The modern credit card was invented in 1950 and little has changed since. This small piece of plastic tells the retailer ‘sure there’s no cash changing hands right now, but you’ll get what you’re owed into your bank account’. More than sixty years on and the retail industry is now unrecognisable, and yet our plastic friends have remained loyally stowed in wallets and purses.
In an increasingly digital world, credit card services are set to change beyond recognition.
How much effort is it to reach into your bag, pull out your wallet, slip out a credit card and swipe it into the terminal? Too much in today’s super-fast digitally enhanced retail environment. Thanks to wearable tech, the shoppers of tomorrow (and even some today) can make their in-store purchase with the flick of a wrist, swipe of a finger, or even just by looking at it. By simply swiping the device across a terminal, the wearer will be able to transfer payments electronically, rendering traditional credit card services redundant. Google Glass wearers won’t even need to move to buy a product, as purchases can be made by simply looking at the printed QR code on the packaging. This is great news for retailers as quick and easy payment processes will make impulse purchasing even more prolific.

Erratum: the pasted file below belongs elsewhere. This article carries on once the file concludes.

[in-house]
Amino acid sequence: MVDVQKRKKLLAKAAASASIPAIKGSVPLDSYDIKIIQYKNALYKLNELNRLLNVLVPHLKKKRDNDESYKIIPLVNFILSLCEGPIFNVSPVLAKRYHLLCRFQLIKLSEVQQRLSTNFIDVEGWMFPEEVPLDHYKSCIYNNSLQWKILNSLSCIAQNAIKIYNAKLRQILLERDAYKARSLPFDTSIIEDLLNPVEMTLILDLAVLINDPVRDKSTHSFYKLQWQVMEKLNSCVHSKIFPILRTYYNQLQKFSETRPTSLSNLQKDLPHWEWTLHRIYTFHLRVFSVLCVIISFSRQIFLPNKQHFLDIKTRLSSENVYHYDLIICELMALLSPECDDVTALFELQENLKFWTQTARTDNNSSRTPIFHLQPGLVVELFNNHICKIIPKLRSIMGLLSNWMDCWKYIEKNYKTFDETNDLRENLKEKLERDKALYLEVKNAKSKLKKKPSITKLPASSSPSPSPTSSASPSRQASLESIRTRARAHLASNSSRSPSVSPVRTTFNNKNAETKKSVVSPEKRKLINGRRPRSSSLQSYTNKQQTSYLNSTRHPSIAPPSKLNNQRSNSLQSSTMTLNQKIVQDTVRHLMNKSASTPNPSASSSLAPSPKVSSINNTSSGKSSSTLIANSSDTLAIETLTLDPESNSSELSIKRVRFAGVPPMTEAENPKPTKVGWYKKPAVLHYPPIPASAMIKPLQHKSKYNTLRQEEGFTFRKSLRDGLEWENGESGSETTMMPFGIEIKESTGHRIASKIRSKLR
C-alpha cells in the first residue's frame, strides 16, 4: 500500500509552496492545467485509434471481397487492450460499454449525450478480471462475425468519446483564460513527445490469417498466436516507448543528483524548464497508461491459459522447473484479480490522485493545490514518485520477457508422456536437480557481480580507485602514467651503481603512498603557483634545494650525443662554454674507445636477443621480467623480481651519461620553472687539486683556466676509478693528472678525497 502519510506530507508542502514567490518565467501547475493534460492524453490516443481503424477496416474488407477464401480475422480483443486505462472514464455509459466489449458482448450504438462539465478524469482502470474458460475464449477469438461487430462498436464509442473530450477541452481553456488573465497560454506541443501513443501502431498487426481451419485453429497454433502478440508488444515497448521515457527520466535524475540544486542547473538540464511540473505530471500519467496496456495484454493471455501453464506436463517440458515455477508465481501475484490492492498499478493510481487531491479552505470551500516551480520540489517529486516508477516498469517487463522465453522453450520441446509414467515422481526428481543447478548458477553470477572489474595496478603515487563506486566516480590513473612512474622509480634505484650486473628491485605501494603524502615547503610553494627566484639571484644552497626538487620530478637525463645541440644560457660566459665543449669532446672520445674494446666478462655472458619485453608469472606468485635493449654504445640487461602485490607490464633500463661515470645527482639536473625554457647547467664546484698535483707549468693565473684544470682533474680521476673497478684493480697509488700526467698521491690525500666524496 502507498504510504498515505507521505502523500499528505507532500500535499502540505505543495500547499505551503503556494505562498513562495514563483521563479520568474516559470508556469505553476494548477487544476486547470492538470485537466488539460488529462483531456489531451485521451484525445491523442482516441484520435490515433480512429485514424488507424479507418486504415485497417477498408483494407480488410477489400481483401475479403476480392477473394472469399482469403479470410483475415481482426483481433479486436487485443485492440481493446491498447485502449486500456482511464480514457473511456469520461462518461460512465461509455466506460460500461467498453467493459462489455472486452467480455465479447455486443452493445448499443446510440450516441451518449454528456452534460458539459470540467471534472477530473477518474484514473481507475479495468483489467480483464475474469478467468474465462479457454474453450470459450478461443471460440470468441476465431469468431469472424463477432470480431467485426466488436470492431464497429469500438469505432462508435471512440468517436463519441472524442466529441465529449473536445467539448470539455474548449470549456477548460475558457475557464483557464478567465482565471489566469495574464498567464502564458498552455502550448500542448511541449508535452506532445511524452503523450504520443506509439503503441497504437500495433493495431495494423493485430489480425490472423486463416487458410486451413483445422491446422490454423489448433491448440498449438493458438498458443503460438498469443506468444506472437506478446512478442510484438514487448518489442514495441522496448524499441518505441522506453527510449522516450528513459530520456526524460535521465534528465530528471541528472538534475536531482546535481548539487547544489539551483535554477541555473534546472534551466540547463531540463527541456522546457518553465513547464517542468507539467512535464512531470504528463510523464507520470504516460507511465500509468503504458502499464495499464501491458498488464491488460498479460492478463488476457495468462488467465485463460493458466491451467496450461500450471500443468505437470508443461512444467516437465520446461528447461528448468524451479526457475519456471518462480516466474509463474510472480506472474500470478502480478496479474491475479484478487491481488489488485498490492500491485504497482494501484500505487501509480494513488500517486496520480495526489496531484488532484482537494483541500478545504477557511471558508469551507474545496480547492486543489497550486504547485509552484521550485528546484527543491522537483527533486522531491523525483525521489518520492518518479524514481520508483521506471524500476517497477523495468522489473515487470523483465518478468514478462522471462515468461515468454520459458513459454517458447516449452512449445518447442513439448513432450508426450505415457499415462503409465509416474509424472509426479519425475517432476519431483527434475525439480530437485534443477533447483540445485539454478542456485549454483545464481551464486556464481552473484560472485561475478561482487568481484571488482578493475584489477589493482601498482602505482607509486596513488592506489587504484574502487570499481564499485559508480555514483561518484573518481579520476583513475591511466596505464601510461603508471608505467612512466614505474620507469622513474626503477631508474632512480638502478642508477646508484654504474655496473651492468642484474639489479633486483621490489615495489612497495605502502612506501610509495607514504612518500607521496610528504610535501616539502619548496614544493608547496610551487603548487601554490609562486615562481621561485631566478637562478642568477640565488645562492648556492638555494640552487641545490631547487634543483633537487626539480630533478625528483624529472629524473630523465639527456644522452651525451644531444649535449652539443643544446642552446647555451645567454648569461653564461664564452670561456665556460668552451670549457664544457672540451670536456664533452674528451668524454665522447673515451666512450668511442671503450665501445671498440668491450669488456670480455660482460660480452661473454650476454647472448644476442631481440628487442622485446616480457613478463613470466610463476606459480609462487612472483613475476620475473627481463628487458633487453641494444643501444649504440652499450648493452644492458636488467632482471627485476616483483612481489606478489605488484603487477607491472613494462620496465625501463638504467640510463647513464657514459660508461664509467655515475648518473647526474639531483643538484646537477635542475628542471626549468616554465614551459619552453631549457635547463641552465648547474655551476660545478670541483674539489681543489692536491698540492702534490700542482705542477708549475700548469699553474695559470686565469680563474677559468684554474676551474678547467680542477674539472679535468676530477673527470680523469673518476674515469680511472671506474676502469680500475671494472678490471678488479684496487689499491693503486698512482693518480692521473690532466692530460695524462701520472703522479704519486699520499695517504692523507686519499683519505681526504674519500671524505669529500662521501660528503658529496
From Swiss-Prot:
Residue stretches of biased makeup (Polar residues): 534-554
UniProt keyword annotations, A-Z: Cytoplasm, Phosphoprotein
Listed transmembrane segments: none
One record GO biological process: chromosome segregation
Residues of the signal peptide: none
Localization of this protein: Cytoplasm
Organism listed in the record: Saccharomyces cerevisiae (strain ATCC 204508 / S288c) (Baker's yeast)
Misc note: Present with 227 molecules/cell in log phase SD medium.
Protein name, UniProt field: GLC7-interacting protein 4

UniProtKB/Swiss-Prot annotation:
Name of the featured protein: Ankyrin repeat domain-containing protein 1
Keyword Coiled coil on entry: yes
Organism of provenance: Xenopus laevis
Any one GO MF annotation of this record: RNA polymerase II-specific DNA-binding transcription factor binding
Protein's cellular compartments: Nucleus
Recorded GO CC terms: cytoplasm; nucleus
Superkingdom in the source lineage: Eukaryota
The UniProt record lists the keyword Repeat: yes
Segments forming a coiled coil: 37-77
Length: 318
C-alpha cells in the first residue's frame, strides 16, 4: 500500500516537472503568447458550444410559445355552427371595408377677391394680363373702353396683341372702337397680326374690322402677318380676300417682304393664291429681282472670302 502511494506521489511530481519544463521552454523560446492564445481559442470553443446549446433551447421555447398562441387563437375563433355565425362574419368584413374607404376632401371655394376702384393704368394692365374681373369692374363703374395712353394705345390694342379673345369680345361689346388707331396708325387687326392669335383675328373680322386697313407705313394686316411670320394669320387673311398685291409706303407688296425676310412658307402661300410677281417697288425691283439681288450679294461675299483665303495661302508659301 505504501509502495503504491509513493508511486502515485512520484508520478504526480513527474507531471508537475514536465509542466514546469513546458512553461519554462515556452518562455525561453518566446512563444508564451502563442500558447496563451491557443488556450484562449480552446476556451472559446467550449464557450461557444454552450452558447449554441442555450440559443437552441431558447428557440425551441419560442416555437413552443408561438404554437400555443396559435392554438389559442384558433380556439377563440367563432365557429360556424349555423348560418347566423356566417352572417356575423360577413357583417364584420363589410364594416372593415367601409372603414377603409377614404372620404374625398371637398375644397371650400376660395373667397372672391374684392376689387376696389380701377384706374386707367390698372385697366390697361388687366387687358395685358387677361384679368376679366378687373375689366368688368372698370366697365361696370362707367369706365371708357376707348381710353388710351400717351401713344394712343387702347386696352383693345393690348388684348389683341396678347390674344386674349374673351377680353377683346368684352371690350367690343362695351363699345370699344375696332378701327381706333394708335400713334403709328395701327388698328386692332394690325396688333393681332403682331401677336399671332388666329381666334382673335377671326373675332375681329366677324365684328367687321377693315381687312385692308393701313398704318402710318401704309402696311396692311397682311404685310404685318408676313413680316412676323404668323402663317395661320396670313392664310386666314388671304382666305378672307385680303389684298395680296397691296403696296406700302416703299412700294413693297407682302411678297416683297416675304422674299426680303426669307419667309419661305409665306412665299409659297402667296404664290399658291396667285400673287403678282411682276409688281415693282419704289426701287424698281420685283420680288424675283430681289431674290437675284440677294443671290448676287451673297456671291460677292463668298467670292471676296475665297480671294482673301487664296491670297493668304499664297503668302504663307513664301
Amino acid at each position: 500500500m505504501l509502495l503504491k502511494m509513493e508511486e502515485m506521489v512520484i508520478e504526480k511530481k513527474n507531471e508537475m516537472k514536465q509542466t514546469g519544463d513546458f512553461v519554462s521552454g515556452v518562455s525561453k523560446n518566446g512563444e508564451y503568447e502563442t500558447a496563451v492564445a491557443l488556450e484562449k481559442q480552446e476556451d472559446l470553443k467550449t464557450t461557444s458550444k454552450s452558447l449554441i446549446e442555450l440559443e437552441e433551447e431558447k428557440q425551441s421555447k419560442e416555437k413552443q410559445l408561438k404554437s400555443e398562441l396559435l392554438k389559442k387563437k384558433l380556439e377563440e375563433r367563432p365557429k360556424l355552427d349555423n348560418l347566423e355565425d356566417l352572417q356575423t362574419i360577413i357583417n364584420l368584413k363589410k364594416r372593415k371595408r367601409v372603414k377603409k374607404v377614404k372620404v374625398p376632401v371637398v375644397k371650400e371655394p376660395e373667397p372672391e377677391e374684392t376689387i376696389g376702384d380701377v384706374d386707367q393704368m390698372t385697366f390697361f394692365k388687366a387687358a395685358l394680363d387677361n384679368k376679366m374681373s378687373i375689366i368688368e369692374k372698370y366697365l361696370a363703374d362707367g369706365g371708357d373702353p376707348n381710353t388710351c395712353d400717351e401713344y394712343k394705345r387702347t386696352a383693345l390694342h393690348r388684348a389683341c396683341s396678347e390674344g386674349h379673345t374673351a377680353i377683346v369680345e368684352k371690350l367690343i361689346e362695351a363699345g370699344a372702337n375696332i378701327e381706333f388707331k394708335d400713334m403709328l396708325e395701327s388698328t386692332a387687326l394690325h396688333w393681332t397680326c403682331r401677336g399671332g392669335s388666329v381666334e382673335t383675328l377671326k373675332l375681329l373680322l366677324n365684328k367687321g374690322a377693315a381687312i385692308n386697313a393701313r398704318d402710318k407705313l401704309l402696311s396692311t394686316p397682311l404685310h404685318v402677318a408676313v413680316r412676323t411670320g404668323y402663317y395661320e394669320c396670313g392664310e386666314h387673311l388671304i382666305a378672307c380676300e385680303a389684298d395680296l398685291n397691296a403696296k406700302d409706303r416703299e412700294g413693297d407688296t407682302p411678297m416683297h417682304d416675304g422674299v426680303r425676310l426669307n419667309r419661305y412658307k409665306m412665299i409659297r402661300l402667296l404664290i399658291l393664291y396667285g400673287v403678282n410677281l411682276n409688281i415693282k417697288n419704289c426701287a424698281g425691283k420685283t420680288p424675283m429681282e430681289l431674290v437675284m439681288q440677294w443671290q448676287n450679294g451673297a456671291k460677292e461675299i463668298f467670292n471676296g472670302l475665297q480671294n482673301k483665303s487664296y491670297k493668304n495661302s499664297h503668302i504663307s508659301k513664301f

Of course just being able to make payments electronically doesn’t necessarily mean Mr & Mrs Public are keen to do so. A report from Citi and Imperial College London, released at the start of 2014, revealed that one of the biggest barriers to the development of a cashless society is the public’s reluctance to break with cultural norms.
The study showed that while the infrastructure in Germany is ready to make the leap, the adoption rate for electronic payments is relatively low, with cash still playing a role in a large proportion of transactions.
With an increasing proportion of purchases made online, obsolescence for credit card services now seems inevitable. Credit cards were created long before online shopping, a fact clearly reflected in the clunky process we all must endure in order to make a credit card payment online. Your online shopping is completed from the comfort of your own armchair, without the hassle of parking a car and trudging around busy shops. But when it’s time to pay, you need to drag yourself into an upright position, hunt around your house for your wallet, before locating your credit card. Next you need to tap in all the digits printed on the front of the card, in the right order no less, before messing around with drop down boxes to confirm the expiry date. In a world where it is now possible to pay for a
coffee by flashing your smartphone at a terminal, this antiquated procedure cannot continue.
A recent survey for the British Retail Consortium (BRC) revealed businesses are still incurring “unjustifiably” high charges for using credit and debit cards. The average cost charged to a retailer for processing a credit card payment has increased by 18% over the last five years. So while shoppers are finding the credit card unwieldy, retailers are also shying away from its use in favour of more cost-effective solutions.
However, the European Union is in the process of agreeing a plan to limit the amount banks charge retailers for card payments processing. This potential reduction in transaction costs may create a temporary revival of the credit card as a payment method.